Hamilton

City plans to spend $6.5M on cycling projects this year, report shows

A new report from city staff heading before councillors on Monday outlines $6.5 million in cycling infrastructure spending, much of which aims to close gaps between bike lanes in the city.
A new report from city staff outlines how $6.5 million will be spent on cycling infrastructure in Hamilton this year. (Sunnie Huang/CBC)

A new report from city staff heading before councillors on Monday outlines $6.5 million in cycling infrastructure spending, much of which aims to close gaps between bike lanes in the city.

That cash breaks down into $5.32 million for route infrastructure (some of which is part of larger roadway projects) and a further $1.18 million for enhancements to the SoBi bike share system.

Elise Desjardins, project manager with Cycle Hamilton, told CBC News that she's happy to see a breakdown of how these funds are going to be spent.

"You're filling in a lot of the key gaps that exist in the network," she said. "That will definitely have an impact for people who are moving around the city on a bike."

The report outlines 22 projects in locations across the city, ranging from work on the Cannon Street bike lanes as part of street rehabilitation west of Sherman Avenue North, to the multi-use Keddy Access Trail, named after 53-year-old teacher Jay Keddy, who was killed riding his bike on the Claremont Access.

Desjardins says she hopes the vast majority of these projects are "safe and protected" with barriers.

"A painted line on the road, for me, is not safe and protected," she said. "You need a barrier to keep cars out of the bike lane … especially if we want to encourage children to walk and bike to school, we really need that protection."

The latest numbers from the city show cycling trips in Hamilton are on the upswing. (Dan Taekema/CBC)

Some of the projects listed on the report do specify there will be barrier separation or "some" barrier separation, while others do not.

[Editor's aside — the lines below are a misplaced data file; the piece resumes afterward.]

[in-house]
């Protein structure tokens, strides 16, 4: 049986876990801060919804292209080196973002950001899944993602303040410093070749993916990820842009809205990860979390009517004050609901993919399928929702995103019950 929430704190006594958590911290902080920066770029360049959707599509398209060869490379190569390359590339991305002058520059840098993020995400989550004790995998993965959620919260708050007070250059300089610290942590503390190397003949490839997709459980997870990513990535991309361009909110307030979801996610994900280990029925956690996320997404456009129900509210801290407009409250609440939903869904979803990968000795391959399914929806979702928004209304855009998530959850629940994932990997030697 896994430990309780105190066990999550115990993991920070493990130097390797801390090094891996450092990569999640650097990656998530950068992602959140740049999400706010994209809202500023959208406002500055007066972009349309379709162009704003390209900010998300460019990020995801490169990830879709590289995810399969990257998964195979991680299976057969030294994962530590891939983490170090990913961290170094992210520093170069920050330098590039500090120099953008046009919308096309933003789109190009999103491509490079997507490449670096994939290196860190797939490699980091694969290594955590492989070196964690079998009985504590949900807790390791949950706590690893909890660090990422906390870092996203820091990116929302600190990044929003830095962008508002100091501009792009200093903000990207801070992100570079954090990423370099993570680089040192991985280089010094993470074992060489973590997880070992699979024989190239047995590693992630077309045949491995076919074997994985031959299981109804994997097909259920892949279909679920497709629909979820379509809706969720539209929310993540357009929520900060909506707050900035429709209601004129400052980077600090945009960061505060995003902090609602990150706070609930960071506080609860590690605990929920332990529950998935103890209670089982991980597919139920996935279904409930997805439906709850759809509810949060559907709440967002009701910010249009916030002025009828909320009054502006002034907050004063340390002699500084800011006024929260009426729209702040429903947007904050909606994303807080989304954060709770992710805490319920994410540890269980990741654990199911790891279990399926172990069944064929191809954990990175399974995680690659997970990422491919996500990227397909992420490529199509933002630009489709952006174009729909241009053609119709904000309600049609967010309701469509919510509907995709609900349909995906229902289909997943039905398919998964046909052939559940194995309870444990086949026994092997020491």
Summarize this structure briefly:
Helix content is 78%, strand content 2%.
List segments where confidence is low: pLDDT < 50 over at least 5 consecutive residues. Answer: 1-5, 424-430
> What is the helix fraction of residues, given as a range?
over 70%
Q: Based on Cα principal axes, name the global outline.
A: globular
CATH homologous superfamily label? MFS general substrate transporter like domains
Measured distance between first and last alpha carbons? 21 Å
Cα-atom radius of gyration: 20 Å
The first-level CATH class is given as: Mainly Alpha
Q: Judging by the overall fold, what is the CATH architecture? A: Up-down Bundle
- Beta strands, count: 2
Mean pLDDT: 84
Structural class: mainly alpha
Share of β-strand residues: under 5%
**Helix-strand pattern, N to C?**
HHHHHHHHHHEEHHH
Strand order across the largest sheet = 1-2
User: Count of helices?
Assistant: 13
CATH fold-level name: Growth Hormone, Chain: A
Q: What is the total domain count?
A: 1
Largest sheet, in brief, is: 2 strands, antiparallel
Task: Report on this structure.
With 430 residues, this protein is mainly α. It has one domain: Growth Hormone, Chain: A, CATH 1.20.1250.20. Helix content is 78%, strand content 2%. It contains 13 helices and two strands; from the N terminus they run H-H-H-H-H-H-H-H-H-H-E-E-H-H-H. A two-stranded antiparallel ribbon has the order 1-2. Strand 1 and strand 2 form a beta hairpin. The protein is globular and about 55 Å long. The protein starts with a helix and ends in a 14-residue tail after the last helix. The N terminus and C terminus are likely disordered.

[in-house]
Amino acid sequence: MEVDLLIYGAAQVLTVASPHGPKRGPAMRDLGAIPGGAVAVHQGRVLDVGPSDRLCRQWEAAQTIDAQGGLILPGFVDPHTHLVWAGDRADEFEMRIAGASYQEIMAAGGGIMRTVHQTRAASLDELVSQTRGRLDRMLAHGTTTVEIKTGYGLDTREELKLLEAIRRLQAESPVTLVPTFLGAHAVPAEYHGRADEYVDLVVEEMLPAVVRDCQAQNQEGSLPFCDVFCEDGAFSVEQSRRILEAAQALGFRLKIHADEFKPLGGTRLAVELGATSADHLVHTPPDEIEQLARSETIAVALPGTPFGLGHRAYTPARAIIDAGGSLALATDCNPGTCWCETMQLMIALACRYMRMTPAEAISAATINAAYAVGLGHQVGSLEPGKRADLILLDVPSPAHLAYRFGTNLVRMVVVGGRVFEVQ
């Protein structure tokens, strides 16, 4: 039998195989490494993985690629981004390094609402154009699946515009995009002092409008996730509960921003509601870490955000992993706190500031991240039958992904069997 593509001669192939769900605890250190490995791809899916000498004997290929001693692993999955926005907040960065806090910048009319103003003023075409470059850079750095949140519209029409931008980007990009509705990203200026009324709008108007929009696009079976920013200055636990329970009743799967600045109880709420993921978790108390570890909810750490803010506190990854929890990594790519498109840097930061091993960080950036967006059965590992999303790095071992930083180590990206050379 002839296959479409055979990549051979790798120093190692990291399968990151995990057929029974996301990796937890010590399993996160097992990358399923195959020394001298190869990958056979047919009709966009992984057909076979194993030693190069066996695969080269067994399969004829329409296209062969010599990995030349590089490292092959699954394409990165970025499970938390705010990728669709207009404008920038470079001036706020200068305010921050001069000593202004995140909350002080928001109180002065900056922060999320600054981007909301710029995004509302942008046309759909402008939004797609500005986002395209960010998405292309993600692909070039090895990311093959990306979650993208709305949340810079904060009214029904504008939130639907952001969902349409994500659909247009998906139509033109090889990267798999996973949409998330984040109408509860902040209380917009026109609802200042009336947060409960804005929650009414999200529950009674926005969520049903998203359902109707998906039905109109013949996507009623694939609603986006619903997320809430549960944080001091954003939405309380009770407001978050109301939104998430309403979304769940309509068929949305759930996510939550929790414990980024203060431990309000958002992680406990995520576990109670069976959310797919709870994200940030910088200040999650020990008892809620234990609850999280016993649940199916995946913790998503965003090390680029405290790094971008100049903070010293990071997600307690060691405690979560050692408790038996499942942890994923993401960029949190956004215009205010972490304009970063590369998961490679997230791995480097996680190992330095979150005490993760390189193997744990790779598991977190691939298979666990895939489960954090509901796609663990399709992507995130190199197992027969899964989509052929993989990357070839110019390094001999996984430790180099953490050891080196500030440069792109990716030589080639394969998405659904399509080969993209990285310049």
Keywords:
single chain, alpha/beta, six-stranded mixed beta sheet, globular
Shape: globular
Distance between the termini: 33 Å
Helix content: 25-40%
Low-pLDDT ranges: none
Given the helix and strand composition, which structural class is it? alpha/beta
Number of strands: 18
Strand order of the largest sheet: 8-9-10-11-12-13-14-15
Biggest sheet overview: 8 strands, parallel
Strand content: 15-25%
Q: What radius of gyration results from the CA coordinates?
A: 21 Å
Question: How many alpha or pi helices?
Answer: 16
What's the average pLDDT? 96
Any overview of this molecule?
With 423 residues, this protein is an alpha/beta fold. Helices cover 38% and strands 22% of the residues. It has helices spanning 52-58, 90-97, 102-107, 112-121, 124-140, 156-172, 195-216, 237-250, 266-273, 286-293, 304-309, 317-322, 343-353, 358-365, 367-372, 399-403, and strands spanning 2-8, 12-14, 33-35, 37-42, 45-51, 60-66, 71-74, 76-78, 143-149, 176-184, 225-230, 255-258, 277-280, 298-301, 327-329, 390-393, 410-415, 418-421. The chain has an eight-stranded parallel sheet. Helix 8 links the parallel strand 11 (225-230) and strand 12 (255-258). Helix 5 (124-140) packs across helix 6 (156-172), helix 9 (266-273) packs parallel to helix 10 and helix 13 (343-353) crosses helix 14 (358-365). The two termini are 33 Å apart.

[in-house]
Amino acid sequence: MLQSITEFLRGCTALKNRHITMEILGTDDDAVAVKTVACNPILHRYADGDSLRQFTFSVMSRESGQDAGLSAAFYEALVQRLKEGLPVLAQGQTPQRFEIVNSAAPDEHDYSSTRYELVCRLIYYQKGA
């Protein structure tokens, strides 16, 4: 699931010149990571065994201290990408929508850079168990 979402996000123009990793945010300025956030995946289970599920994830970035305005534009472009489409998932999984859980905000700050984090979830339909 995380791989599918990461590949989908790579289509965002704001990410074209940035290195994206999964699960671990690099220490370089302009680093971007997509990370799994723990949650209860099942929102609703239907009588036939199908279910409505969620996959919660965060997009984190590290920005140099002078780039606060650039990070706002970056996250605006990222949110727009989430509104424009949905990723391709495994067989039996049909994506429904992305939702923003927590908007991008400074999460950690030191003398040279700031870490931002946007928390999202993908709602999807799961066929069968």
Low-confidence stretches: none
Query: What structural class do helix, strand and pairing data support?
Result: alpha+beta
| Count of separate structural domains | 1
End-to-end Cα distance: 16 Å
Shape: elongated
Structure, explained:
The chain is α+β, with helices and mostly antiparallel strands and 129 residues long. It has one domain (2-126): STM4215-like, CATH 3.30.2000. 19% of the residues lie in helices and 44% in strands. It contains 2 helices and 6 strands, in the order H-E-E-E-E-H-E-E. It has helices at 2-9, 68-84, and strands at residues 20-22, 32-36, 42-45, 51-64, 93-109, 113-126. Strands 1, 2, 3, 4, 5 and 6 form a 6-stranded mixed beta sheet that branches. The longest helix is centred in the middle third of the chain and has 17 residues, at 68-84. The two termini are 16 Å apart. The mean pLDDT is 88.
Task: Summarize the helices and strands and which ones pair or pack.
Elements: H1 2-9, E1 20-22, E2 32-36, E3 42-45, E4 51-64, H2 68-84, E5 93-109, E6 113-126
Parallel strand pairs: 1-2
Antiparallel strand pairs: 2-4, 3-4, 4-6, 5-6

Desjardins said she's happy to see $6.5 million being spent this year, but noted that the majority of that is coming from a one-time grant, or unspent cash from years past.

The report says $3.8 million of the funding is coming from one-time Ontario Municipal Commuter Cycling funds, as well as $1.3 million allocated from previous budgets.

That leaves $1.4 million from the 2019 capital budget — a number that Desjardins says isn't enough on a yearly basis. She maintains that the city should be spending at least $2.5 million a year to properly grow cycling infrastructure.

"There's systematic underinvestment in cycling that needs to be addressed," she said.

Prince of Wales kindergarten teacher Jay Keddy was struck and killed on the Claremont Access back in 2015. A new multi-use trail set to be built this year will be named after him. (Twitter)

The city's latest numbers show that in the last several years, the number of cycle trips taken in Hamilton has shot up significantly.

As an example, consider the Cannon Street bike lanes. In 2015, peak summer ridership was 580 cycle trips daily. Fast-forward to 2017, and that number has almost doubled to 972 daily trips.

Winter ridership on Cannon has grown has well. What started in 2015 at 75 daily trips has grown to 396 a day in 2017.

City staff attribute growth to investment in the city's biking infrastructure, SoBi's launch, and shifting attitudes about cycling across North America.

adam.carter@cbc.ca

About the Author

Adam Carter

Reporter, CBC Hamilton

Adam Carter is a Newfoundlander who now calls Hamilton home. He enjoys a good story and playing loud music in dank bars. You can follow him on Twitter @AdamCarterCBC or drop him an email at adam.carter@cbc.ca.

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